-That the information was transmitted from Berlin to Switzerland not by agent transmitters or agent couriers (nor by Abwehr communications) but by Swiss staff communications channels.
-That Roessler was nothing more than a front man "created" along with Bureau Ha by Swiss Intelligence as a mechanism to pass the information to the Allies while preserving Swiss neutrality.
-That Roessler neither had sources of his own (at least not the key sources in Berlin) nor knew their identity nor controlled their commo.
-And that Roessler was inclined or compelled to hide these facts. (I believe he was paid again for his silence by the light punishment be received for his later espionage in 1953, to which the article does not pay enough attention.)

Even the opening words of the sentence on p. 88, which I cite above, is probably misleading: one cannot assume that "only the Swiss know." The Soviets might also know: they got all the messages, and with their capture of Berlin and informed interrogations of key individuals, they could have identified the sources.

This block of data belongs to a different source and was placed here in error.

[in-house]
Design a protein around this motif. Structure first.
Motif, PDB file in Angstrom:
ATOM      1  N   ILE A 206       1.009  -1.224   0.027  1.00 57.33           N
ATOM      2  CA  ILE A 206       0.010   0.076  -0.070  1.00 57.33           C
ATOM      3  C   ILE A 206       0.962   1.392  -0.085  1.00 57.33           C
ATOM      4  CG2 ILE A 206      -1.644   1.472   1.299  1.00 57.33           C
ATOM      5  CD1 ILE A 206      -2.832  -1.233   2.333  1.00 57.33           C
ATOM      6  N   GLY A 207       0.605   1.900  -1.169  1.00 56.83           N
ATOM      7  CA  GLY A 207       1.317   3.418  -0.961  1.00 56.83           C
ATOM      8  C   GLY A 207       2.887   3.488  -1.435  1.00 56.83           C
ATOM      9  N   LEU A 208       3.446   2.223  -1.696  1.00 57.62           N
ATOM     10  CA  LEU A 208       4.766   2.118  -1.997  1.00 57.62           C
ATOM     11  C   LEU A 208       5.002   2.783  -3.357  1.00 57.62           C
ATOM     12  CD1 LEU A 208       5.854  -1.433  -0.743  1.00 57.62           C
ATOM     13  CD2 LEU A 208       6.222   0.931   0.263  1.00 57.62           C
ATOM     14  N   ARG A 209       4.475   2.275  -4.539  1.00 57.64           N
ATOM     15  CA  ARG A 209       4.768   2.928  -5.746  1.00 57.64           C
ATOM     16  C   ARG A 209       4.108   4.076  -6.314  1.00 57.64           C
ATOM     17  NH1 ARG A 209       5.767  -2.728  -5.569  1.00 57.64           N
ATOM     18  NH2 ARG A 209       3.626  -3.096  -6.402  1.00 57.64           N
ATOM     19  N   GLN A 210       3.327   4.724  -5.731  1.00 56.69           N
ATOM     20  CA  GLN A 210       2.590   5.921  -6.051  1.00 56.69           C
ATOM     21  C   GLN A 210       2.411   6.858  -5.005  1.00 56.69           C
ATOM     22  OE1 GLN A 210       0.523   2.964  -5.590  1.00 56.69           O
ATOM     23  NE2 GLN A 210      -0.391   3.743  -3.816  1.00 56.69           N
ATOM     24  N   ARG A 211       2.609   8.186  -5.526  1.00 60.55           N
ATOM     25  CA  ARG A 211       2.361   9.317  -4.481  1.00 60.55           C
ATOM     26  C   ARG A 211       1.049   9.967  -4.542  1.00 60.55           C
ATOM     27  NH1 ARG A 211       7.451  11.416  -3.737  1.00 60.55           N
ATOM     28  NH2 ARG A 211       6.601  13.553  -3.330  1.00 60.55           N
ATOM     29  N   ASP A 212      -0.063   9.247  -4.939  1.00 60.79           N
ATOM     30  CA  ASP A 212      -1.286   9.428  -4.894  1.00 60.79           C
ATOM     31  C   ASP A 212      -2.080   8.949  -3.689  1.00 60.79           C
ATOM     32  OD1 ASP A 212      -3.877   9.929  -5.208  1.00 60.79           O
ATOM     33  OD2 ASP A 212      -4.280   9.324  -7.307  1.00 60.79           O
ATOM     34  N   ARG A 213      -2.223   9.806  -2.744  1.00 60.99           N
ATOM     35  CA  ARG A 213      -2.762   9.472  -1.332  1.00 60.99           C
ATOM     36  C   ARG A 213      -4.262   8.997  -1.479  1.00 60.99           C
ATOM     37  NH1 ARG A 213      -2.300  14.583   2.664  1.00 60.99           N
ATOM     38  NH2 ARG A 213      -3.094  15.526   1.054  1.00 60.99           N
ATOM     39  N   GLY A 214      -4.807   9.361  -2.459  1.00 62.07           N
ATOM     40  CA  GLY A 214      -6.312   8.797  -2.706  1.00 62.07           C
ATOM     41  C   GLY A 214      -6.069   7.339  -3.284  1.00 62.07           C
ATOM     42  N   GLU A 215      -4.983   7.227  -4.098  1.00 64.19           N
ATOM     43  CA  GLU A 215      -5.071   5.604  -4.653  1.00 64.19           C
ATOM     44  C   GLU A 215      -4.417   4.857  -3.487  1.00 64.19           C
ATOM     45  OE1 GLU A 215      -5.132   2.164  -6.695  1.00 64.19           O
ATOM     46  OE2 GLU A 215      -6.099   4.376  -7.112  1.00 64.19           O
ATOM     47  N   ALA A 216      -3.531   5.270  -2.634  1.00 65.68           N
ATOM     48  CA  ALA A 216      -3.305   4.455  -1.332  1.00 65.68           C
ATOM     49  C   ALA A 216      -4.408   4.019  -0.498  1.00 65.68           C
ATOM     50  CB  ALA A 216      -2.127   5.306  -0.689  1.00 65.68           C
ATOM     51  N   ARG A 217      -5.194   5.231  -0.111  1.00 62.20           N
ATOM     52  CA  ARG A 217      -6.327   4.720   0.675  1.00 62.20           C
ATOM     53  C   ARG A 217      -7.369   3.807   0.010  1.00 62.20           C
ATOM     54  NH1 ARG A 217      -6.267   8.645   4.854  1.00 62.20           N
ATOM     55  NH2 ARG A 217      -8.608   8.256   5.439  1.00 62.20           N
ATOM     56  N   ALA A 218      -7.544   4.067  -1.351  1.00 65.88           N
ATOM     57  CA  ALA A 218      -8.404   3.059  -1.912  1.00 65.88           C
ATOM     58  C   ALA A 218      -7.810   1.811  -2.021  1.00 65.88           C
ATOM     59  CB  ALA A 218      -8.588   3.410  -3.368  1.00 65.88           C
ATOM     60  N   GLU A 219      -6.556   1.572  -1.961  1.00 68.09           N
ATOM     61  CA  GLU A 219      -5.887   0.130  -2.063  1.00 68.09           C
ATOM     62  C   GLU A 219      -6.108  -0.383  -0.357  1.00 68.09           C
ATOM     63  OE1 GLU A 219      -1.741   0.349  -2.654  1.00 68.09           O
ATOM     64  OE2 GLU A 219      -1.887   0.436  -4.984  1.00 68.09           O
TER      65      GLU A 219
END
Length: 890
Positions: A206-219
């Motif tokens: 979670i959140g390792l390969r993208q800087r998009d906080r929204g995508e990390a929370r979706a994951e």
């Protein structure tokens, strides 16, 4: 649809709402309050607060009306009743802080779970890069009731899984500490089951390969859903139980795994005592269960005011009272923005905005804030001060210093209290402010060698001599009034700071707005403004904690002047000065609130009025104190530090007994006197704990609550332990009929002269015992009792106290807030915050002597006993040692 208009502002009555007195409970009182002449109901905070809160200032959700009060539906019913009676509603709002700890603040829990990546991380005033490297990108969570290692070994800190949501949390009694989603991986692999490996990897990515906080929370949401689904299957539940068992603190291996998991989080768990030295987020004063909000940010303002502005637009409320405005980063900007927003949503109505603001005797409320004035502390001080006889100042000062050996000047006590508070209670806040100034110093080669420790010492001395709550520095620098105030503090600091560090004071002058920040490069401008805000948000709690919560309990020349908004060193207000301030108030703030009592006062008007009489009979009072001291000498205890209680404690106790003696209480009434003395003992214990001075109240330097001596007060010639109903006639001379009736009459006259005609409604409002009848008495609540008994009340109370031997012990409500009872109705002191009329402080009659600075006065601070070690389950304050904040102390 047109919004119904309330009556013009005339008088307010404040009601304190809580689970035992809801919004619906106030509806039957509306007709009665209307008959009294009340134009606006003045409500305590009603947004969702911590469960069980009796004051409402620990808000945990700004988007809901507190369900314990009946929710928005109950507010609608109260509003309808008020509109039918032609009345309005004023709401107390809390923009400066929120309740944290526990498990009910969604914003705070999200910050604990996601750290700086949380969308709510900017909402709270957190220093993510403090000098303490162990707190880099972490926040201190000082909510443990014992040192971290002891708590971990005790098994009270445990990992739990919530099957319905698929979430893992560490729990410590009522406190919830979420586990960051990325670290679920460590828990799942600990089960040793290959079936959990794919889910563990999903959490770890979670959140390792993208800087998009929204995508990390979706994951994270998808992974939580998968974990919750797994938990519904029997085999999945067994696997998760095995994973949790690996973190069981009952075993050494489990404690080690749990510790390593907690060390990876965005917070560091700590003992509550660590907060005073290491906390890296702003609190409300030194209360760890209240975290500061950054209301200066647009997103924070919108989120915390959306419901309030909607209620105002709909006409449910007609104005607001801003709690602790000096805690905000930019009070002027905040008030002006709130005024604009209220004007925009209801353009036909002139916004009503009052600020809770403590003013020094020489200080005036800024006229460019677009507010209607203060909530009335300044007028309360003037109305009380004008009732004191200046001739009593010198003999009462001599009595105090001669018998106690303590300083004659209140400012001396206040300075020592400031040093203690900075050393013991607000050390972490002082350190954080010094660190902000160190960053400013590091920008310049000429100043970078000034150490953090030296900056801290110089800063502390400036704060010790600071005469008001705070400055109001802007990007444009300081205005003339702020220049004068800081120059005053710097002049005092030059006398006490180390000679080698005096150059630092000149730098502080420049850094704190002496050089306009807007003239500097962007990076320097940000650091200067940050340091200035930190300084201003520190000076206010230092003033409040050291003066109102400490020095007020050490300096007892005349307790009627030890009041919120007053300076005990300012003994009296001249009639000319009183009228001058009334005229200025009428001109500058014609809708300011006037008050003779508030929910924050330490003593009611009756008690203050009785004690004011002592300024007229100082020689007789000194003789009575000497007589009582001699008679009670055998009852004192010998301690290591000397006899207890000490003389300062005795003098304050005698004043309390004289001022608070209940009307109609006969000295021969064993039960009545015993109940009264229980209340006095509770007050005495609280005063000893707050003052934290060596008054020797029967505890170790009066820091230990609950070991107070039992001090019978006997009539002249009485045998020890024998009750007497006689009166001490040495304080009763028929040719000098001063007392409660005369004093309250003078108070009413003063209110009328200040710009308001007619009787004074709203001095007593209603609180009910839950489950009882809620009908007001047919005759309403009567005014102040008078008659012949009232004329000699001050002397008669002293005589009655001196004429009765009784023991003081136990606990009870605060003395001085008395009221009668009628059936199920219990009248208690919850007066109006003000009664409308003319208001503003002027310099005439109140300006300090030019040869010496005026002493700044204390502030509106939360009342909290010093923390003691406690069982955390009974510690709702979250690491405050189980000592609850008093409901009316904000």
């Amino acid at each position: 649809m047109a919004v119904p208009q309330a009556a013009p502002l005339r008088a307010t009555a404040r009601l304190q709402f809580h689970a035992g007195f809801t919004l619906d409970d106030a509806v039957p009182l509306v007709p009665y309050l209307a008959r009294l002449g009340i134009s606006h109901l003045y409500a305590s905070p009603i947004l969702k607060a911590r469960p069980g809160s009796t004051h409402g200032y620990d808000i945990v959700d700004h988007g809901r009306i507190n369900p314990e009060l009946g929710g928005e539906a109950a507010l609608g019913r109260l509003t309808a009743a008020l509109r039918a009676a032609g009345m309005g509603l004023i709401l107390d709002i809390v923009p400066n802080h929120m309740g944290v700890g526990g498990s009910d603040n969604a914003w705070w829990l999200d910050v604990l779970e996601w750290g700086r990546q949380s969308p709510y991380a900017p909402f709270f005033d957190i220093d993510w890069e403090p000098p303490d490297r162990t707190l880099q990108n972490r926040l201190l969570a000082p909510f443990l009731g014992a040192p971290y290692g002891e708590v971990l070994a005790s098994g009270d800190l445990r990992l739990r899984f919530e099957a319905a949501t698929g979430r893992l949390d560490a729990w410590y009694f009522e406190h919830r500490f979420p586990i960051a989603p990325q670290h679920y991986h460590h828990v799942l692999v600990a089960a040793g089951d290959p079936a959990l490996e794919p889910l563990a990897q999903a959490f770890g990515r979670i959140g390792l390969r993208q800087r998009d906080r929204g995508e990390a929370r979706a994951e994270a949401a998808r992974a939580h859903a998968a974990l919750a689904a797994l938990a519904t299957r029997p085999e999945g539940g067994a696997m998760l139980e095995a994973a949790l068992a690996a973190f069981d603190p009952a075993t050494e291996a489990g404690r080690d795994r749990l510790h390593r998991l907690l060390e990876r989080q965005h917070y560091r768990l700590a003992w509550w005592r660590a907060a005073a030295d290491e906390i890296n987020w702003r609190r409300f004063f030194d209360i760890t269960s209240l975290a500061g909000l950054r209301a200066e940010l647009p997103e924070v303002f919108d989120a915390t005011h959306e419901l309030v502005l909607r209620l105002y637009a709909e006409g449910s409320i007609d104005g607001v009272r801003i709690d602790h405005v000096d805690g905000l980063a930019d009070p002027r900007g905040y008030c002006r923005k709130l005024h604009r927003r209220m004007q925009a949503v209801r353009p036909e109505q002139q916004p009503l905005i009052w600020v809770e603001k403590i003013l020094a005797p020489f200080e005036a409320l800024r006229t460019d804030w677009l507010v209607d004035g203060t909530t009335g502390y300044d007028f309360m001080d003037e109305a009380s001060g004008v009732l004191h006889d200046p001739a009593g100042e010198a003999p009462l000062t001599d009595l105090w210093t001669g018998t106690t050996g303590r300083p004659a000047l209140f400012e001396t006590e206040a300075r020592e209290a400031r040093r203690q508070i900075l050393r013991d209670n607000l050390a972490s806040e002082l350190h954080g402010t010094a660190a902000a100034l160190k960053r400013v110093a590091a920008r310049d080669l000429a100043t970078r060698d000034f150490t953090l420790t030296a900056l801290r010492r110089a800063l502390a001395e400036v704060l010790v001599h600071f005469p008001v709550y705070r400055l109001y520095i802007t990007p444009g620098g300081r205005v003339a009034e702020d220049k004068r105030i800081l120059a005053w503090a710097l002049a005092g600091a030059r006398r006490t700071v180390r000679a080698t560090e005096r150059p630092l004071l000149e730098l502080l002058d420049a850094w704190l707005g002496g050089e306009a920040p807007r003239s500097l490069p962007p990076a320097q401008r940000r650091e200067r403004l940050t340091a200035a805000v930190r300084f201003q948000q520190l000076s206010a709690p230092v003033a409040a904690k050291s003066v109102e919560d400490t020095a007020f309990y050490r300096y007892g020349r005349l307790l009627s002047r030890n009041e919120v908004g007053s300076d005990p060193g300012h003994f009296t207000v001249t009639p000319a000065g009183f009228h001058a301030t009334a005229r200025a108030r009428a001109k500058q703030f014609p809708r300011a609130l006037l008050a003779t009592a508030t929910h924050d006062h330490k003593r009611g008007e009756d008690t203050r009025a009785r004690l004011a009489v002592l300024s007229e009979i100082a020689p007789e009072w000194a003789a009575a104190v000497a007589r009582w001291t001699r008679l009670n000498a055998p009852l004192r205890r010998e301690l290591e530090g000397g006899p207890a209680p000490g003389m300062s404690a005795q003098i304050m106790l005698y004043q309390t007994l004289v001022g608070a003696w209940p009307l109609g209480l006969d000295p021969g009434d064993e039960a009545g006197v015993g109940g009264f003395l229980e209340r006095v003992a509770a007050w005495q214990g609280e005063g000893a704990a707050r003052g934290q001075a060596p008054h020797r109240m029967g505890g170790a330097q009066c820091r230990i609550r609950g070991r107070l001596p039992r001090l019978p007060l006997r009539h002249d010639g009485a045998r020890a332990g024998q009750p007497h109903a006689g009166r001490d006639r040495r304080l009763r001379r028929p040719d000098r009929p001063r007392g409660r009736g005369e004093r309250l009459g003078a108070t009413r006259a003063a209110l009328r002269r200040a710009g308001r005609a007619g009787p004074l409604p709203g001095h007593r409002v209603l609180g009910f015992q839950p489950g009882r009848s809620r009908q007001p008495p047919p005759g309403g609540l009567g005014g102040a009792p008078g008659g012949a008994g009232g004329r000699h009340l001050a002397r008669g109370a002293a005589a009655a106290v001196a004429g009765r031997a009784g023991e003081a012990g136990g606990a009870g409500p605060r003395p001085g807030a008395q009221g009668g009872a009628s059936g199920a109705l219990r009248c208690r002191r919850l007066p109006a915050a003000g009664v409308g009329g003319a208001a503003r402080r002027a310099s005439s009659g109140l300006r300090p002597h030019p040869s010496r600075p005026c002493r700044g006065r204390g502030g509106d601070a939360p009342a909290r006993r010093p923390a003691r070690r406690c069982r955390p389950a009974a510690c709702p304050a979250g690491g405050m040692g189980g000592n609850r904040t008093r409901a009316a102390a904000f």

Switzerland's continued interest in preserving a neutral history, and the well proven discipline of its people, do not offer much hope for disclosures. But I agree with the article's contention that our continued interest in this case goes beyond our duty to Clio. Among other reasons, we should try to identify the Lucy sources because if the Soviets did, they may have been able, by pressure, to gain, assets who might have provided later access to sensitive levels in postwar West Germany. The version above might offer new and promising lines of investigation. (For example, who were the Swiss MA's, in prewar and wartime Berlin? Who were their closest German friends?) But the Lucy myth will only lead us into dead ends.

Andrew K. Megaris

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Footnote

* Studies. Vol. 13, no. 3, 1969.